22. Harris PA, Taylor R, Thielke R, Payne J, Gonzalez N, Conde JG. Research electronic data capture (REDCap)--a metadata-driven methodology and workflow process for providing translational research informatics support. J Biomed Inform. Apr 2009;42(2):377-381. [FREE Full text] [CrossRef] [Medline]
  23. Harris PA, Taylor R, Minor BL, Elliott V, Fernandez M, O'Neal L, et al. REDCap Consortium. The REDCap consortium: building an international community of software platform partners. J Biomed Inform. Jul 2019;95:103208. [FREE Full text] [CrossRef] [Medline]
  24. Gauthier J, Bouchard S. Adaptation Canadienne-Française de la Forme Révisée du state–trait anxiety inventory de Spielberger. Can J Behav Sci. Oct 1993;25(4):559-578. [CrossRef]
  25. Rosenstock IM. Historical origins of the health belief model. Health Educ Monogr. Dec 01, 1974;2(4):328-335. [CrossRef]
  26. Sheeran P, Harris PR, Epton T. Does heightening risk appraisals change people's intentions and behavior? A meta-analysis of experimental studies. Psychol Bull. Mar 2014;140(2):511-543. [CrossRef] [Medline]
  27. Welcome to the QCancer®(15yr,colorectal) risk calculator. ClinRisk. URL: [accessed 2020-06-16]
  28. Hippisley-Cox J, Coupland C. Identifying patients with suspected colorectal cancer in primary care: derivation and validation of an algorithm. Br J Gen Pract. Jan 01, 2012;62(594):e29-e37. [CrossRef]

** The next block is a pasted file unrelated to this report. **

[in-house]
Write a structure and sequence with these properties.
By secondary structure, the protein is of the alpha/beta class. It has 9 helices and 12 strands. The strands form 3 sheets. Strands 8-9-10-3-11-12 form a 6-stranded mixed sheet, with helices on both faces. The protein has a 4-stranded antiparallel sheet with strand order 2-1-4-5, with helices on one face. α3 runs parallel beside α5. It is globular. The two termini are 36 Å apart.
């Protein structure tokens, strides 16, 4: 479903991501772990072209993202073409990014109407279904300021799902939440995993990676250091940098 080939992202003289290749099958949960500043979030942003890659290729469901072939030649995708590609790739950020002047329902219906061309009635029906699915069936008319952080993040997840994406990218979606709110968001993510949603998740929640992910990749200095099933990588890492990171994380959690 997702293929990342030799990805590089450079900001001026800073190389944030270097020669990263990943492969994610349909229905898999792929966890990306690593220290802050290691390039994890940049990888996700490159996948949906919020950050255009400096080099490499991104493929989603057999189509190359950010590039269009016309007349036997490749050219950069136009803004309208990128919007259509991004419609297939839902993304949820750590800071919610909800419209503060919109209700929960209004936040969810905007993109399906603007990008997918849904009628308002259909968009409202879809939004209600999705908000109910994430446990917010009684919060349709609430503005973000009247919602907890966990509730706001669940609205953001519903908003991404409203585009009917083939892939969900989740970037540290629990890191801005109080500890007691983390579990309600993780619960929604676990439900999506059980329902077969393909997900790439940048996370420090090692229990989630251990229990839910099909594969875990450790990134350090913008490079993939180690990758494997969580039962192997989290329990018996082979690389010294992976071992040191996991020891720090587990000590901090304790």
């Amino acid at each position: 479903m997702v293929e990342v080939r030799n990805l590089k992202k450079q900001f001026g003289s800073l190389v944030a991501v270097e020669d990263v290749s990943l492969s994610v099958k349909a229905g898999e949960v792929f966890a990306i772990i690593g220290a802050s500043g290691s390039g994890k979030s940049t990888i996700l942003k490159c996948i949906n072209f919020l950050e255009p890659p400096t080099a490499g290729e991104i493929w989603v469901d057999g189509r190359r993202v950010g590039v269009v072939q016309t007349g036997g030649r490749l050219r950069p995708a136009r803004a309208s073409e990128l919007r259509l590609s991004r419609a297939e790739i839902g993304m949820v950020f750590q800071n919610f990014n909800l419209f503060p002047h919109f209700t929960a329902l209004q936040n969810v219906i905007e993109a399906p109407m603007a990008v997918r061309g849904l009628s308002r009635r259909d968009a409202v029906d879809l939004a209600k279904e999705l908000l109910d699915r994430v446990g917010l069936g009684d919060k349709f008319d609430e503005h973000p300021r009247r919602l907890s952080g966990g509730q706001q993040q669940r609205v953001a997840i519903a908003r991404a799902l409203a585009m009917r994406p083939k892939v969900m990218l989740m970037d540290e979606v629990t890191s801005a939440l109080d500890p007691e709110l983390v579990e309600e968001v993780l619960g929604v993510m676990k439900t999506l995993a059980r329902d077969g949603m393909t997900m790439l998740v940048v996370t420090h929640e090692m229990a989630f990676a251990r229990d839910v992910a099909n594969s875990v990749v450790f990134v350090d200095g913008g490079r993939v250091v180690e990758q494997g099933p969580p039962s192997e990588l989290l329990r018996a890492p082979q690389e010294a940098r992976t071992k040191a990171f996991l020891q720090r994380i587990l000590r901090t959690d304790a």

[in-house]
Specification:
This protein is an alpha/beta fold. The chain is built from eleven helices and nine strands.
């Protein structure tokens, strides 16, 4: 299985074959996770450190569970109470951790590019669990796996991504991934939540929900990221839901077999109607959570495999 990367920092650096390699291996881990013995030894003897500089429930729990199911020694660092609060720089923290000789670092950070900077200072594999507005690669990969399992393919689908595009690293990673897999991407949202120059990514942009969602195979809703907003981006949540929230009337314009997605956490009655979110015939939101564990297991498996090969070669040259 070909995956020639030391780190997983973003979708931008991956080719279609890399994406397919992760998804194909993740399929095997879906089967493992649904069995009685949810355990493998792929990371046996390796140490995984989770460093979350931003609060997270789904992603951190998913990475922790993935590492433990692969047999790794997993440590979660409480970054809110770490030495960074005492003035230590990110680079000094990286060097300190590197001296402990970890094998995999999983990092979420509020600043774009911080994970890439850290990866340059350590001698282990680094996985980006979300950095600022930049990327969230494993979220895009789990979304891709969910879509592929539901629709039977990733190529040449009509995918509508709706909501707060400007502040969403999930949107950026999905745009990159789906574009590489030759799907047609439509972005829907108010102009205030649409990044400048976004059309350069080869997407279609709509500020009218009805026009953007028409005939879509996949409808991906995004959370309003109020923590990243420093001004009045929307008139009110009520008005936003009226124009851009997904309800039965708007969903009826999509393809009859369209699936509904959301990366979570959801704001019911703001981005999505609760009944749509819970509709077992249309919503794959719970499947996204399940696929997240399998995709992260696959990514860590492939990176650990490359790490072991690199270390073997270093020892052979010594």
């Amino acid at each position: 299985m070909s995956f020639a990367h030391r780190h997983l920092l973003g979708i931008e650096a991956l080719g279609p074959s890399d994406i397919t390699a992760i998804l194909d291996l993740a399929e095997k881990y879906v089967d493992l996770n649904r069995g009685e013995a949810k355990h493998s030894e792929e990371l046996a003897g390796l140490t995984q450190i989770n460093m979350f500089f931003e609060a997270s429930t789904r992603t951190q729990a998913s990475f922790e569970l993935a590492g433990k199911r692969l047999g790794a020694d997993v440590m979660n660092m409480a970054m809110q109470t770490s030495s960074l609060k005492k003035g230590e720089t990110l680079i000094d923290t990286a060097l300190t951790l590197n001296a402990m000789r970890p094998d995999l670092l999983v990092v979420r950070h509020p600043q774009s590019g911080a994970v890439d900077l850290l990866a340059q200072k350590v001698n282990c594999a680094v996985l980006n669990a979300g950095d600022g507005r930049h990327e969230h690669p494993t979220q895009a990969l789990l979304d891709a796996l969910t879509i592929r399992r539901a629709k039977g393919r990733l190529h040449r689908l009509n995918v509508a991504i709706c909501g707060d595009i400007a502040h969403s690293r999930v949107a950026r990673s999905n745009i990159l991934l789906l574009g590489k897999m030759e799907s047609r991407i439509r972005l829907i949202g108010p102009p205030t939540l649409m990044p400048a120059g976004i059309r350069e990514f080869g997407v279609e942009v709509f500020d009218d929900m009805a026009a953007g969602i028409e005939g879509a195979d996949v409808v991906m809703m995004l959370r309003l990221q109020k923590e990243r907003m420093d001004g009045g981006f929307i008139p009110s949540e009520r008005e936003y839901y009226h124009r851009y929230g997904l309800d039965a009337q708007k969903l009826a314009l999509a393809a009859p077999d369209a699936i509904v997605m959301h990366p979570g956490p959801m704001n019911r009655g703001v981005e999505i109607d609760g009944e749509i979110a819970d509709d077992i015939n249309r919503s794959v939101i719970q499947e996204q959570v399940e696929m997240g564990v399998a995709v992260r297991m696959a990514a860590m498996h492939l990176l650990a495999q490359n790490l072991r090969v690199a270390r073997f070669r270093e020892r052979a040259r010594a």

29. Collins GS, Altman DG. Identifying patients with undetected colorectal cancer: an independent validation of QCancer (Colorectal). Br J Cancer. Jul 10, 2012;107(2):260-265. [FREE Full text] [CrossRef] [Medline]
  30. User experience design. Semantic Studios. URL: [accessed 2022-10-11]
  31. R: a language and environment for statistical computing computer program. R Foundation for Statistical Computing. 2020. URL: [accessed 2023-08-21]
  32. StataCorp. Stata Statistical Software: Release 16. StataCorp LLC. 2019. URL: [accessed 2023-08-21]
  33. An J. Usability testing of oral health education applications - based on a comparison of Dentify and Toothflix. J Korea Design Forum. Nov 2015(49):203-216. [CrossRef]
  34. van Greunen D, van der Merwe A, Kotze P. Factors influencing BPM tools: the influence on user experience and user interfaces. Int J Comput ICT Res. 2010:47-57. [FREE Full text]